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For the autodidact Aenne Biermann (1898-1933) the camera was a means of closing in on things and situations in her immediate environment. From the mid 1920s onwards she found great pleasure in capturing unfamiliar and unexpected views of everyday experiences and events in her photographs. Although Aenne Biermann worked in relative isolation with regard to the avant-garde developments in larger cities, comprehensive displays of her work were shown at all major modern photographic exhibitions from 1929 onwards. Her oeuvre, created within just a few years – Aenne Biermann died in 1933 following an illness – is now regarded as one of the most important within the Neues Sehen (New Vision) movement in photography and New Objectivity. The exhibition comprises some 100 original photographs from the holdings of the Ann and Jürgen Wilde Foundation that boasts one of the most extensive collections of Aenne Biermann’s work. Selected works from public and private collections, together with records and archival documents, illuminate the artist’s work and career.

The Staatliche Graphische Sammlung München is home to one of the most internationally significant collections of 15th German broadsheets and popular prints. The earliest European woodcuts emerged around 1400. While the process for printing on fabric was already known, it was during this time that pictures were first printed onto a new kind of support: paper. This allowed for compositions to be inexpensively reproduced in large editions. It was only through this that broader circles of the population had access to and could afford their own depictions. Religious subjects, which were used for private devotion, were most in demand. These early sheets are significant not only as historical documents. They are in fact superlative masterworks of linear expressiveness: the straight lines seek to convey an immediate statement, leading to bold, striking works. No collection in the world is able to demonstrate the early years of the woodcut as brilliantly as Munich’s Graphische Sammlung. The cradle of the European printmaking tradition is proudly safeguarded here. Thanks to the generous financial support of the Edith-Haberland-Wagner-Stiftung, all works have been comprehensively conserved, providing occasion for a select display of impressive sheets. The Ernst von Siemens Art Foundation generously sponsored the inventory catalogue.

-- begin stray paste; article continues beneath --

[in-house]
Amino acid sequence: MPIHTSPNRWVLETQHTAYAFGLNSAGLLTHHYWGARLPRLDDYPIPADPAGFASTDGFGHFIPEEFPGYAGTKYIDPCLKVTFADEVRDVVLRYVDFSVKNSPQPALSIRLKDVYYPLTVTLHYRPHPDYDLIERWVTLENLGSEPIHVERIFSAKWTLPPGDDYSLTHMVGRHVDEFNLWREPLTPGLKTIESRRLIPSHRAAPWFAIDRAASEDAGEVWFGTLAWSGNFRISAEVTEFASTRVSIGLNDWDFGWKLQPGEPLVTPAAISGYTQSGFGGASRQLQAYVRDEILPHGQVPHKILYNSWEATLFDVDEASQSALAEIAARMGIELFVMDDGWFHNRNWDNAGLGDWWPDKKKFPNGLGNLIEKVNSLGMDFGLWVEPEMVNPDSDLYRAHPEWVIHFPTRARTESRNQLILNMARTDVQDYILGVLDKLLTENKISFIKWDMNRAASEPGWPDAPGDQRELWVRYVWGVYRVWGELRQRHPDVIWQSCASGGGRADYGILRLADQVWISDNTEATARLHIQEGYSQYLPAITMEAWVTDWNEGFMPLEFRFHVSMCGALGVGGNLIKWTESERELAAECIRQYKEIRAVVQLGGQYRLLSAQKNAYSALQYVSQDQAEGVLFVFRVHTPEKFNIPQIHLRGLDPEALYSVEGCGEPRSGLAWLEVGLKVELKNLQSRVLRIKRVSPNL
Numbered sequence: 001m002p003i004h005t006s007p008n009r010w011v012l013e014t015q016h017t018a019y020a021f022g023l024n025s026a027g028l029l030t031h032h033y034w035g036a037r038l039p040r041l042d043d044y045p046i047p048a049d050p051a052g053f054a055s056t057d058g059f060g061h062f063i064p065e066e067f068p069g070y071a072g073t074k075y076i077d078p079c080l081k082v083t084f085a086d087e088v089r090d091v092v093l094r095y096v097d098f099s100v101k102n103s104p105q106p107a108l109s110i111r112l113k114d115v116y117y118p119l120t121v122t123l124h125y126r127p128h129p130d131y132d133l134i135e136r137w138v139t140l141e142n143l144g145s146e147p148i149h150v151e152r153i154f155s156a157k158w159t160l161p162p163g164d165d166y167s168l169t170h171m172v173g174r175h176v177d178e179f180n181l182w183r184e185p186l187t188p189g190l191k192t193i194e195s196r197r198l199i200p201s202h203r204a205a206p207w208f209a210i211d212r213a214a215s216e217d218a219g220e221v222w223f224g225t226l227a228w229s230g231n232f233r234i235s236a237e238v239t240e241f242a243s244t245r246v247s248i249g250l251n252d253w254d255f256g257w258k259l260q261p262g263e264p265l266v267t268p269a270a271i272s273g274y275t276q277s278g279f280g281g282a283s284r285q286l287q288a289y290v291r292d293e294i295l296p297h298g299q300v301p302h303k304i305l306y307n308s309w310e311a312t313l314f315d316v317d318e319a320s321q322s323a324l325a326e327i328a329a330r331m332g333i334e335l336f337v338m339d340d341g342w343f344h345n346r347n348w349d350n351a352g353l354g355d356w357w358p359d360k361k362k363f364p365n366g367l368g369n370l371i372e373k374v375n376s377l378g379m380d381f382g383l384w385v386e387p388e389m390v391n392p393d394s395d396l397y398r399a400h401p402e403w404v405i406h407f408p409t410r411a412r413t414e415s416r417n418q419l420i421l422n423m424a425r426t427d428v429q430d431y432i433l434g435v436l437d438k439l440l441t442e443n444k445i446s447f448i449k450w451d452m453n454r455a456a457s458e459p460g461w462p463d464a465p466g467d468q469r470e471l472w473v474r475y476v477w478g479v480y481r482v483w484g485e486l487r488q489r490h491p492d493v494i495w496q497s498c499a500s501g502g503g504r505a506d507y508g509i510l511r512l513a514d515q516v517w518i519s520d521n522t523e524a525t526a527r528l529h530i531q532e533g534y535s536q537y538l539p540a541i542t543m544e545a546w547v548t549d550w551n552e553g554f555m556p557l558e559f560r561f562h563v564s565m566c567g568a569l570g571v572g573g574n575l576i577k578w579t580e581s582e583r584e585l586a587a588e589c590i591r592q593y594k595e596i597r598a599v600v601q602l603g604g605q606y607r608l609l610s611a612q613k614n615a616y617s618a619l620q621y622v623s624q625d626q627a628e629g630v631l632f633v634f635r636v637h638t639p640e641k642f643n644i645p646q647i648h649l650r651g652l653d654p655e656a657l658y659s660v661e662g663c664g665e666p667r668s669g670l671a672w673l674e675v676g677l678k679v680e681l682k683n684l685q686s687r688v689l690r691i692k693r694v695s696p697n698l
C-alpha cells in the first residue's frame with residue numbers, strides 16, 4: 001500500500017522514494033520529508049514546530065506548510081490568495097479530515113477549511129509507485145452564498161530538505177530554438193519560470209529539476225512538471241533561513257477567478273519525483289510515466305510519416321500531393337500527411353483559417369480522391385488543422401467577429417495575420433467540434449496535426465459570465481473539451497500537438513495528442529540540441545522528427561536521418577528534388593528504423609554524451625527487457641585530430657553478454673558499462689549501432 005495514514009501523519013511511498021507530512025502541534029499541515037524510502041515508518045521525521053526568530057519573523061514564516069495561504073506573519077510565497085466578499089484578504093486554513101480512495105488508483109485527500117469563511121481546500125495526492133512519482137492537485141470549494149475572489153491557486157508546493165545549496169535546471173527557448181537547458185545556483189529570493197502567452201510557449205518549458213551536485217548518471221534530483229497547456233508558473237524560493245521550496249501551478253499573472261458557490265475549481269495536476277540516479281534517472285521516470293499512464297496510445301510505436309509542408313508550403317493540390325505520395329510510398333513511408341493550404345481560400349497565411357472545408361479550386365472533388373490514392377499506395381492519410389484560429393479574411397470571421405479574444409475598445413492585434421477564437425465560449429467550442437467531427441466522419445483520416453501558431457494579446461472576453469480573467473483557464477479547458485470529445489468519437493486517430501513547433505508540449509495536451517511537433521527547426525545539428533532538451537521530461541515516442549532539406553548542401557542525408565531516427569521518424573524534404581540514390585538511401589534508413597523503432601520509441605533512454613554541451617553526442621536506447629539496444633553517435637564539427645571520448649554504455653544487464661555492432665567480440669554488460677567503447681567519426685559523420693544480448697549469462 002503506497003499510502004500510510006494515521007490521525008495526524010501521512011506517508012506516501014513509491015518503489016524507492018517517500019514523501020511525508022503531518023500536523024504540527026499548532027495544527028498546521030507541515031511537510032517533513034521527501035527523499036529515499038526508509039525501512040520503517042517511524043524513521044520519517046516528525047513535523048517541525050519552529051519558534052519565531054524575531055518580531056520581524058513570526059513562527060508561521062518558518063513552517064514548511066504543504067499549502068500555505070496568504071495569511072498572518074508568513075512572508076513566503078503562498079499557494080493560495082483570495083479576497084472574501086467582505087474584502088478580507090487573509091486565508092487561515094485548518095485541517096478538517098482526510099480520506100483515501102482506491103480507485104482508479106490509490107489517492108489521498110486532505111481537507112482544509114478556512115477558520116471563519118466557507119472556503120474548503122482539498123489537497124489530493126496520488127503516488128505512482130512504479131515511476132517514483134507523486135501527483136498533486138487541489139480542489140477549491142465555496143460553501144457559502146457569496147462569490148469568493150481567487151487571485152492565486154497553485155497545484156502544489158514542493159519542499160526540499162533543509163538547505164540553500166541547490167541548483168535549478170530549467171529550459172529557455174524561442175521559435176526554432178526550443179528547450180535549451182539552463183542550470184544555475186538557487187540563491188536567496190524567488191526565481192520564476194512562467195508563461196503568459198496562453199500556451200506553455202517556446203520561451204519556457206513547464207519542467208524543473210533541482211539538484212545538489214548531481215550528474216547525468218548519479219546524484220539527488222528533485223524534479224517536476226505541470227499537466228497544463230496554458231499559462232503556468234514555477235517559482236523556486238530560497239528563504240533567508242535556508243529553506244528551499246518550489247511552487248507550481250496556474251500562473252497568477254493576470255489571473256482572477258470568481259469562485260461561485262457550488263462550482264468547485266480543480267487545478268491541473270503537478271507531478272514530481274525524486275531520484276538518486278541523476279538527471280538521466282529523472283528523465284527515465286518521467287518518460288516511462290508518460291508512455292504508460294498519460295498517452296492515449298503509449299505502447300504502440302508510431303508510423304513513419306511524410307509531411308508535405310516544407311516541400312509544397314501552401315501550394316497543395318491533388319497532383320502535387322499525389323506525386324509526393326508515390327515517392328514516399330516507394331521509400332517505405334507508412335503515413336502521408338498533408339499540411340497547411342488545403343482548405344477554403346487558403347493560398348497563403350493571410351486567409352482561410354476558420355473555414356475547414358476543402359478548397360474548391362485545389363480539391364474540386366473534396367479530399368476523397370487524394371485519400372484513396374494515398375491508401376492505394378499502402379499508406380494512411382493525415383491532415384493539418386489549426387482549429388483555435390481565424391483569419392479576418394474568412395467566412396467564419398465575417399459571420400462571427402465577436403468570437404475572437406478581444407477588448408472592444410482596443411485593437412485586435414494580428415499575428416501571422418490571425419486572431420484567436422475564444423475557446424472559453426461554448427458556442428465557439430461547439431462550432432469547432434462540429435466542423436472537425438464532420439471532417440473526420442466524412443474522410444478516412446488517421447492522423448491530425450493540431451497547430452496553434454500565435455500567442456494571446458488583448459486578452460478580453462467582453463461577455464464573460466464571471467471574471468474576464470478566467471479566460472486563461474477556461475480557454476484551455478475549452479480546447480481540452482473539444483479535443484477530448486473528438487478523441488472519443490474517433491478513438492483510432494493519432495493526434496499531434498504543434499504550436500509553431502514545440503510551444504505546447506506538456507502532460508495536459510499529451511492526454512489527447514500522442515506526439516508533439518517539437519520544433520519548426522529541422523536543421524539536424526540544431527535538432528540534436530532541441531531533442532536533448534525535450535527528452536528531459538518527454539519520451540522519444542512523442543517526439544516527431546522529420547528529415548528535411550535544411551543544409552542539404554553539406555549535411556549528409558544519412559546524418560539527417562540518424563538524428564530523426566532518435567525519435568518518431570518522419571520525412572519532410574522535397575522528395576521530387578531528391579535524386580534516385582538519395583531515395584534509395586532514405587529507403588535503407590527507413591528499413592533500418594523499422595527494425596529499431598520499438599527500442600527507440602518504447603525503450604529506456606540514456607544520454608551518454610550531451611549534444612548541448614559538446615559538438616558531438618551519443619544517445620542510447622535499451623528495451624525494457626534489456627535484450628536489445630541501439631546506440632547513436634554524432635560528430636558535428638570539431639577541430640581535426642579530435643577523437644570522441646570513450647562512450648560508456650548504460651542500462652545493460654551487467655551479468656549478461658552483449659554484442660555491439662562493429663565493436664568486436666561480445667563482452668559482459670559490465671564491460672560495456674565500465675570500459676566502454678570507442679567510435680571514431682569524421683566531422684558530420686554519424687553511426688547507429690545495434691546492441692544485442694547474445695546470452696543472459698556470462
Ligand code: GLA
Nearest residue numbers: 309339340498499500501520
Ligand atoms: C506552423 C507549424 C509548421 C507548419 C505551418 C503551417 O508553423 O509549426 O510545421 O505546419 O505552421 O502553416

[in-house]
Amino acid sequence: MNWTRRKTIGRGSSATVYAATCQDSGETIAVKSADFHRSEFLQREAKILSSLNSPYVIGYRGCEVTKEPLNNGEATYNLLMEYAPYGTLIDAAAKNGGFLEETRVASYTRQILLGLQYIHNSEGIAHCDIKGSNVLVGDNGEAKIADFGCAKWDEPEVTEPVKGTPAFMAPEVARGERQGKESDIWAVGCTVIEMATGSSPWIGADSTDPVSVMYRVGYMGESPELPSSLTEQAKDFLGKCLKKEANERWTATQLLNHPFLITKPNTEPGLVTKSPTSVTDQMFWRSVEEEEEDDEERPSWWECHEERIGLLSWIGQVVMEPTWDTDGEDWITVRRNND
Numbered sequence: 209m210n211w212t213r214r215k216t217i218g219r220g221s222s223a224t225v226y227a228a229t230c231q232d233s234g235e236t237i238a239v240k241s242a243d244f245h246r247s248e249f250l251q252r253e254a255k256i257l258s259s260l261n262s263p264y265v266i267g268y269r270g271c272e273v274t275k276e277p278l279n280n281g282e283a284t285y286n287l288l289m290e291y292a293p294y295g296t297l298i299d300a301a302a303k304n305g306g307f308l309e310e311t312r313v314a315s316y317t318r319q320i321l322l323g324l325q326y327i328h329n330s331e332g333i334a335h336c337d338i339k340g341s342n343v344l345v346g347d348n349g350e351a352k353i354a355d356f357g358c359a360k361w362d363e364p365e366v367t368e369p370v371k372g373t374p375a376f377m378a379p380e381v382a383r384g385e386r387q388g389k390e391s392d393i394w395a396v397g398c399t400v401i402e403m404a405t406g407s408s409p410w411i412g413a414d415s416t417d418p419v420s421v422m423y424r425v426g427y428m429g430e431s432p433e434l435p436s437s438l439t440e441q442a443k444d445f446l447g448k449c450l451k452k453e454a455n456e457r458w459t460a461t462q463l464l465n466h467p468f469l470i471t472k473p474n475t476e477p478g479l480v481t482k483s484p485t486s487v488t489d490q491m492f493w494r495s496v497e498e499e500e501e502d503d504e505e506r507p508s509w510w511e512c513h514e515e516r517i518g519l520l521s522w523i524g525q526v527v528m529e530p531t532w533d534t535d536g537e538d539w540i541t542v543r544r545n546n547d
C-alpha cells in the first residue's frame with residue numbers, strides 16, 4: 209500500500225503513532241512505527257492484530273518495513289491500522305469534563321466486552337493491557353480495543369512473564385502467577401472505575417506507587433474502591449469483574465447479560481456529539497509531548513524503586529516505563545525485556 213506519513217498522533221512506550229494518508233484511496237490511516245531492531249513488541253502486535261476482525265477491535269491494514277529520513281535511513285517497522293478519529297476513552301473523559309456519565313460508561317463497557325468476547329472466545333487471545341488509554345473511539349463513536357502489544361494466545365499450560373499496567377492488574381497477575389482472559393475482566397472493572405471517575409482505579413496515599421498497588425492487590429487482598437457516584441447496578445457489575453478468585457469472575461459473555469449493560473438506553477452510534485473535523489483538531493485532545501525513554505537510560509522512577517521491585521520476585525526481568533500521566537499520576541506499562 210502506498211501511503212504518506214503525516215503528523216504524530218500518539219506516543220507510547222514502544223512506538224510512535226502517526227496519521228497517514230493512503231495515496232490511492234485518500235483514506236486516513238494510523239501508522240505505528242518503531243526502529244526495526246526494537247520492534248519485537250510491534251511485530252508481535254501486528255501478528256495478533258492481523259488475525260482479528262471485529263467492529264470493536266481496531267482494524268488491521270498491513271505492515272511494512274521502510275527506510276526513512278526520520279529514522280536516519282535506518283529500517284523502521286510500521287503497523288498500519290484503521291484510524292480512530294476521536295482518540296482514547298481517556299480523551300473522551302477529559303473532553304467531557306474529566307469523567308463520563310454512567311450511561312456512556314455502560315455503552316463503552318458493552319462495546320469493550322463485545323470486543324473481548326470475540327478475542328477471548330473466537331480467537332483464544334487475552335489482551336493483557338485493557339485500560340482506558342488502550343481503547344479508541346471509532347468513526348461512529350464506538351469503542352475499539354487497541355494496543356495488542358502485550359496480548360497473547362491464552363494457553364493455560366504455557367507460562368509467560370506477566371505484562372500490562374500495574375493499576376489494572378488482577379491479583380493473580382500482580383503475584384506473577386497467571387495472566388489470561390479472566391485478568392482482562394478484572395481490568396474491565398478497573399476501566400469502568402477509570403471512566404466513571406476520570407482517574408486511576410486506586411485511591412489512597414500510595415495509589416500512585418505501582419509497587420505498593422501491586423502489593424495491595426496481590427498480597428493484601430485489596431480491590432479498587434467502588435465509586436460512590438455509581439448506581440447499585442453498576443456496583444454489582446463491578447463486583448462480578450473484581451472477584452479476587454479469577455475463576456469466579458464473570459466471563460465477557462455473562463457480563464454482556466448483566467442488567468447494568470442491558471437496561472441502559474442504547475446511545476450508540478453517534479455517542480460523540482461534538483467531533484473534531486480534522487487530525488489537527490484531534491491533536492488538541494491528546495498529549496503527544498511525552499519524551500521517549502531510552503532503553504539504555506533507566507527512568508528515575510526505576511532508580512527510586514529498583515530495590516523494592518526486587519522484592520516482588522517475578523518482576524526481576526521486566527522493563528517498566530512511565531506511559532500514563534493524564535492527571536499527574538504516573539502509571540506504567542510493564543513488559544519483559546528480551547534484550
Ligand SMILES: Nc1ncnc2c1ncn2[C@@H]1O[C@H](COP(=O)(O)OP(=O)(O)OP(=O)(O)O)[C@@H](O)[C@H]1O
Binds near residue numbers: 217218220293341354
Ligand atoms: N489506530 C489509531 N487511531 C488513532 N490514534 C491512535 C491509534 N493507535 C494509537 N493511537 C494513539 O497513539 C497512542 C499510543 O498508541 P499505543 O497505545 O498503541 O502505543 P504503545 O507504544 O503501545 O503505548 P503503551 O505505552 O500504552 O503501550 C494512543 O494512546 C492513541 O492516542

With more than twenty million inhabitants in its Metropolitan area, São Paulo is a South American megacity with complex problems like extreme traffic, air pollution, water shortage, and informal settlements.  At the same time, the city has invested in architectural infrastructures for decades, creating inclusive places for urban society. The exhibition presents these buildings and projects, showing their possibilities and potentials. The selected examples have been built from the 1960s to the present, and range from a canopy in a public park to large multifunctional buildings. The most ambitious examples have collective programs that include sports, culture, health and gastronomical facilities. What all the selected projects share is their ability to create places of cooperation far beyond their functionality.

Pondělí

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Úterý

10 am - 6 pm

Středa

10 am - 6 pm

Čtvrtek

10 am - 6 pm

Pátek

10 am - 6 pm

Sobota

10 am - 8 pm

Neděle

10 am - 8 pm